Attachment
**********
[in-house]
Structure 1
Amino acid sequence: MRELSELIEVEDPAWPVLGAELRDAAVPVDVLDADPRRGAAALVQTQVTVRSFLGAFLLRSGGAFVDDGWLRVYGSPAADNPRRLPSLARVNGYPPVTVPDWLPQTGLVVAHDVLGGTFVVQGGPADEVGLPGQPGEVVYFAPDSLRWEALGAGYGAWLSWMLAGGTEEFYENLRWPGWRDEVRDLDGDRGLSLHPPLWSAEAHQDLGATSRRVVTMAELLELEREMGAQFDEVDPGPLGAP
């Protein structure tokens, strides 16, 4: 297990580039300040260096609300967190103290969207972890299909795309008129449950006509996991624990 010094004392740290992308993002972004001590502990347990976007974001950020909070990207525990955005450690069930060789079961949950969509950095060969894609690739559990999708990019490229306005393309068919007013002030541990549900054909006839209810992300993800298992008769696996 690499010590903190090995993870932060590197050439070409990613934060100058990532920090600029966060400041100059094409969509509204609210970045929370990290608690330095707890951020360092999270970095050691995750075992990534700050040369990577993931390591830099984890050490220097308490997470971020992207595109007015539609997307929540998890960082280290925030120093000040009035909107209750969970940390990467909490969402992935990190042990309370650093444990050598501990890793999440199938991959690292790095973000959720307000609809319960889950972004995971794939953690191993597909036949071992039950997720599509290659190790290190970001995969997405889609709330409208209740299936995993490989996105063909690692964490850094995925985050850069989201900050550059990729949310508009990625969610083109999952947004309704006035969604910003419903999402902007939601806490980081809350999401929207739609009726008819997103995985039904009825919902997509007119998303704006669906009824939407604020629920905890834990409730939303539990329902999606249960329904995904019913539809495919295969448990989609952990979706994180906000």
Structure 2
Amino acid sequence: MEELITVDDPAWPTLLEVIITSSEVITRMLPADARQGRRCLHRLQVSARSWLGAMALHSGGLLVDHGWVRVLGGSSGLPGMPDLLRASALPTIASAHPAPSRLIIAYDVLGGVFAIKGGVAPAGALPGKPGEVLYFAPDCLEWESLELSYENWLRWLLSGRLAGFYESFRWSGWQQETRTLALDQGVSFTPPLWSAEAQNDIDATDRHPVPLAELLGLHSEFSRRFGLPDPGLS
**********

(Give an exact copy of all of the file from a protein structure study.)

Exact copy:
[in-house]
Structure 1
Amino acid sequence: MRELSELIEVEDPAWPVLGAELRDAAVPVDVLDADPRRGAAALVQTQVTVRSFLGAFLLRSGGAFVDDGWLRVYGSPAADNPRRLPSLARVNGYPPVTVPDWLPQTGLVVAHDVLGGTFVVQGGPADEVGLPGQPGEVVYFAPDSLRWEALGAGYGAWLSWMLAGGTEEFYENLRWPGWRDEVRDLDGDRGLSLHPPLWSAEAHQDLGATSRRVVTMAELLELEREMGAQFDEVDPGPLGAP
């Protein structure tokens, strides 16, 4: 297990580039300040260096609300967190103290969207972890299909795309008129449950006509996991624990 010094004392740290992308993002972004001590502990347990976007974001950020909070990207525990955005450690069930060789079961949950969509950095060969894609690739559990999708990019490229306005393309068919007013002030541990549900054909006839209810992300993800298992008769696996 690499010590903190090995993870932060590197050439070409990613934060100058990532920090600029966060400041100059094409969509509204609210970045929370990290608690330095707890951020360092999270970095050691995750075992990534700050040369990577993931390591830099984890050490220097308490997470971020992207595109007015539609997307929540998890960082280290925030120093000040009035909107209750969970940390990467909490969402992935990190042990309370650093444990050598501990890793999440199938991959690292790095973000959720307000609809319960889950972004995971794939953690191993597909036949071992039950997720599509290659190790290190970001995969997405889609709330409208209740299936995993490989996105063909690692964490850094995925985050850069989201900050550059990729949310508009990625969610083109999952947004309704006035969604910003419903999402902007939601806490980081809350999401929207739609009726008819997103995985039904009825919902997509007119998303704006669906009824939407604020629920905890834990409730939303539990329902999606249960329904995904019913539809495919295969448990989609952990979706994180906000």
Structure 2
Amino acid sequence: MEELITVDDPAWPTLLEVIITSSEVITRMLPADARQGRRCLHRLQVSARSWLGAMALHSGGLLVDHGWVRVLGGSSGLPGMPDLLRASALPTIASAHPAPSRLIIAYDVLGGVFAIKGGVAPAGALPGKPGEVLYFAPDCLEWESLELSYENWLRWLLSGRLAGFYESFRWSGWQQETRTLALDQGVSFTPPLWSAEAQNDIDATDRHPVPLAELLGLHSEFSRRFGLPDPGLS